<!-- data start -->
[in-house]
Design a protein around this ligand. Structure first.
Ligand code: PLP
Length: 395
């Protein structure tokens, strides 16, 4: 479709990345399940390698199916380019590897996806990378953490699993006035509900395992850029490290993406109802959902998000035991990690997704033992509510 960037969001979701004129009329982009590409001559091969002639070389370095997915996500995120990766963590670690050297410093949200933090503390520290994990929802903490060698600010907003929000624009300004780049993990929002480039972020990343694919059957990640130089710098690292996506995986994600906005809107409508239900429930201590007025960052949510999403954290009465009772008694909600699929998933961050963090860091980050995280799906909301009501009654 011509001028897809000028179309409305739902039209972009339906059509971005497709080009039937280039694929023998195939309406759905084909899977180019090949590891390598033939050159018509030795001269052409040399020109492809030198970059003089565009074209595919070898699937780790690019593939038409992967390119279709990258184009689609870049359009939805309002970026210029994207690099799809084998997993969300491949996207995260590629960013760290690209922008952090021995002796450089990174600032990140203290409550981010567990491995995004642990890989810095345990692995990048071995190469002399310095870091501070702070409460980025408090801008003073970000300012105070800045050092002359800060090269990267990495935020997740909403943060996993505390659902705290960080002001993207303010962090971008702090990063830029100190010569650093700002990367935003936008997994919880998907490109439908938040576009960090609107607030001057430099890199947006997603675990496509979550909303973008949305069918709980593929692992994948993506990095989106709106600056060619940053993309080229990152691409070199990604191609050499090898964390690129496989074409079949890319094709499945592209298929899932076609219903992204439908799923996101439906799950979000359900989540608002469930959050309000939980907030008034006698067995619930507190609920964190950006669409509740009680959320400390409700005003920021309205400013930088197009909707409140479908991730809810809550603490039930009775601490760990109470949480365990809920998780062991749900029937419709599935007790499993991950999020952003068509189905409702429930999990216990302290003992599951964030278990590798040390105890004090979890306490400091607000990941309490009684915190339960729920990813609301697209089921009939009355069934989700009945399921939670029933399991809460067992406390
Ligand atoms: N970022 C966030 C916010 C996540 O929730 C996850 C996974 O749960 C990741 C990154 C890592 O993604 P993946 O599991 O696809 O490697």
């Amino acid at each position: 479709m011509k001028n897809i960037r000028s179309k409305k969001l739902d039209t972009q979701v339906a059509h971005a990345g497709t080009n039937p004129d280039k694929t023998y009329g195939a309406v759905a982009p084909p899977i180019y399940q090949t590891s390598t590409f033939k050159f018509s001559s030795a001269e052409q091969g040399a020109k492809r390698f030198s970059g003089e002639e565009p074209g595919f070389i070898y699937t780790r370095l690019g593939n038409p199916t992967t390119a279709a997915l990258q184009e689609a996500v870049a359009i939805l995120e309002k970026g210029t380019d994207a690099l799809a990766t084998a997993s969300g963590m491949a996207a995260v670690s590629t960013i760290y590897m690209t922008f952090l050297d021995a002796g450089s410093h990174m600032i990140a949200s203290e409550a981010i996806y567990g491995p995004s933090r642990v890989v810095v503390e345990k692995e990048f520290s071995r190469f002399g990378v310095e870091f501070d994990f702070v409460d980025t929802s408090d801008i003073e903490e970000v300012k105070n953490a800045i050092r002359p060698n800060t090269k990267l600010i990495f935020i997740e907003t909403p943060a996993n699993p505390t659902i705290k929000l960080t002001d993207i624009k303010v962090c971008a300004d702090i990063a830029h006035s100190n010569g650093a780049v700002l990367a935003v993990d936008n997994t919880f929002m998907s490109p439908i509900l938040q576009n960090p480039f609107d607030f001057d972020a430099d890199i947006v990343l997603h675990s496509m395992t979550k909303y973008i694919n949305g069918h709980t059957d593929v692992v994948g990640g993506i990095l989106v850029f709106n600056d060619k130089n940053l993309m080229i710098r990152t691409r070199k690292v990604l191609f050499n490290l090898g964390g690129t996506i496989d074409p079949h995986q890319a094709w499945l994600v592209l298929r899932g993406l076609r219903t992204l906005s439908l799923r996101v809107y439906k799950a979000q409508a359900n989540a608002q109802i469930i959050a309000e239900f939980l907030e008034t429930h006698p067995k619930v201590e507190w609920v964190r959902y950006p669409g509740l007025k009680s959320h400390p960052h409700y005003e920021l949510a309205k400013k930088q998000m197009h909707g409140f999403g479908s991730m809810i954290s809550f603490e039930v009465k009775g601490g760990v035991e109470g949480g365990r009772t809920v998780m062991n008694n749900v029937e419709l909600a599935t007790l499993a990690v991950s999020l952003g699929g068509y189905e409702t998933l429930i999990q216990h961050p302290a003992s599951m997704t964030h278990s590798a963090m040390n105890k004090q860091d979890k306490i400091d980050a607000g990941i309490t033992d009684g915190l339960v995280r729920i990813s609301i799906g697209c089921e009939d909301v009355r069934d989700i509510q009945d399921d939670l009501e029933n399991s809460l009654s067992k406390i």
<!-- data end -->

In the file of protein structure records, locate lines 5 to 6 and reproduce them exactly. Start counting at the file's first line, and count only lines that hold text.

């Protein structure tokens, strides 16, 4: 479709990345399940390698199916380019590897996806990378953490699993006035509900395992850029490290993406109802959902998000035991990690997704033992509510 960037969001979701004129009329982009590409001559091969002639070389370095997915996500995120990766963590670690050297410093949200933090503390520290994990929802903490060698600010907003929000624009300004780049993990929002480039972020990343694919059957990640130089710098690292996506995986994600906005809107409508239900429930201590007025960052949510999403954290009465009772008694909600699929998933961050963090860091980050995280799906909301009501009654 011509001028897809000028179309409305739902039209972009339906059509971005497709080009039937280039694929023998195939309406759905084909899977180019090949590891390598033939050159018509030795001269052409040399020109492809030198970059003089565009074209595919070898699937780790690019593939038409992967390119279709990258184009689609870049359009939805309002970026210029994207690099799809084998997993969300491949996207995260590629960013760290690209922008952090021995002796450089990174600032990140203290409550981010567990491995995004642990890989810095345990692995990048071995190469002399310095870091501070702070409460980025408090801008003073970000300012105070800045050092002359800060090269990267990495935020997740909403943060996993505390659902705290960080002001993207303010962090971008702090990063830029100190010569650093700002990367935003936008997994919880998907490109439908938040576009960090609107607030001057430099890199947006997603675990496509979550909303973008949305069918709980593929692992994948993506990095989106709106600056060619940053993309080229990152691409070199990604191609050499090898964390690129496989074409079949890319094709499945592209298929899932076609219903992204439908799923996101439906799950979000359900989540608002469930959050309000939980907030008034006698067995619930507190609920964190950006669409509740009680959320400390409700005003920021309205400013930088197009909707409140479908991730809810809550603490039930009775601490760990109470949480365990809920998780062991749900029937419709599935007790499993991950999020952003068509189905409702429930999990216990302290003992599951964030278990590798040390105890004090979890306490400091607000990941309490009684915190339960729920990813609301697209089921009939009355069934989700009945399921939670029933399991809460067992406390
Ligand atoms: N970022 C966030 C916010 C996540 O929730 C996850 C996974 O749960 C990741 C990154 C890592 O993604 P993946 O599991 O696809 O490697």